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We understand the importance of fostering a love for learning from a young age. Our curriculum is designed to be both engaging and educational, ensuring that each child develops a strong foundation for future academic success.

Imagine a school where I am discovering who God designed me to be. A place where WHO I am
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Growing in Faith.png

What is the difference between Kindergarten and Transitional Kindergarten?

Kindergarten is tailored for students who are prepared for a full-day program and have reached the age of at least 5 years by September 1. Situated at our 6 Loker Street campus, the Kindergarten curriculum includes advanced math using Saxon 1, as well as Wilson Fundations 1. Students engage in various subjects such as Logic, Social Studies, Science, Music, Art, PE, and more.


Transitional Kindergarten, located at our Elmwood campus, is designed for children who are ready for a Kindergarten curriculum but either miss the birthday cut-off date or could benefit from a bit more time before joining our Kindergarten program. The TK5 program is intended for children aged 4.7 to 5.2 by the beginning of the school year. Participants in TK5 follow the Kindergarten level Saxon Math program and Wilson Fundations.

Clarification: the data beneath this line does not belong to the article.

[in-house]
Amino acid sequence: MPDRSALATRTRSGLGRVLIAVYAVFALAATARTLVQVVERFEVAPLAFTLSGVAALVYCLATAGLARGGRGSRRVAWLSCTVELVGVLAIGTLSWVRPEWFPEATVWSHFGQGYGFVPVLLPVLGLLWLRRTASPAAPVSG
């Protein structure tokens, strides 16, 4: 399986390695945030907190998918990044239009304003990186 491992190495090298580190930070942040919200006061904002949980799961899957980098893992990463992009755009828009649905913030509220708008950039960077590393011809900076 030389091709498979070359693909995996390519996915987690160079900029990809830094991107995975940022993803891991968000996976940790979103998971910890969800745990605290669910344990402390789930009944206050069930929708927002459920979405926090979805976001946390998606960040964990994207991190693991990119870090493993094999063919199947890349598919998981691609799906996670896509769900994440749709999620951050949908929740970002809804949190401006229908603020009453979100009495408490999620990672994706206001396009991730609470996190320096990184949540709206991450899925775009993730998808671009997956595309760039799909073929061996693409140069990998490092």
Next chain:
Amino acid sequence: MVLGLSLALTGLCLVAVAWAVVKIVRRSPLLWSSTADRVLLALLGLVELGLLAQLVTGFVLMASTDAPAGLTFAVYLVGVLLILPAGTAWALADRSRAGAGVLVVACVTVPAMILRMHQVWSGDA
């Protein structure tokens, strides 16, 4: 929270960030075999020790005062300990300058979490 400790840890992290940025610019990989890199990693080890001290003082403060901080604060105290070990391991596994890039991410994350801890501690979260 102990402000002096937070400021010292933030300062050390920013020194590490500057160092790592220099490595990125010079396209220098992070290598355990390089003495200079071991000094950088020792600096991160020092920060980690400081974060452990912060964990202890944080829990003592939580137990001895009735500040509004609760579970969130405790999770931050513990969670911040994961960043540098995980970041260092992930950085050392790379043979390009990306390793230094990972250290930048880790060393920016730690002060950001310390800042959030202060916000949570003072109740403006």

What does Kindergarten Readiness look like?


Social-emotional readiness includes the ability to communicate needs, express feelings, and engage in cooperative play. Children should be able to interact with peers and adults, share, take turns, and follow simple instructions.


Routines and habits: Kindergarten often involves following a daily routine. Children who can adapt to schedules, transitions, and routines may find the kindergarten setting more comfortable. 

Communication skills: A child should be able to express themselves verbally, communicate basic needs, and understand and follow simple instructions. This includes listening skills and an expanding vocabulary.


Self-help skills: Children should be able to perform basic self-help tasks such as using the restroom independently, dressing and undressing, and washing hands.


Fine motor skills are important for activities such as holding a pencil, using scissors, and manipulating small objects. These skills contribute to early writing readiness. They are also important for self-help skills.


Gross motor skills: Children should have a basic level of physical coordination, balance, and control over large muscle movements. This is important for physical activities and games.


Interest in learning: Readiness for kindergarten is often indicated by a child's curiosity and eagerness to learn. This can include an interest in books, numbers, letters, and a general enthusiasm for new experiences.

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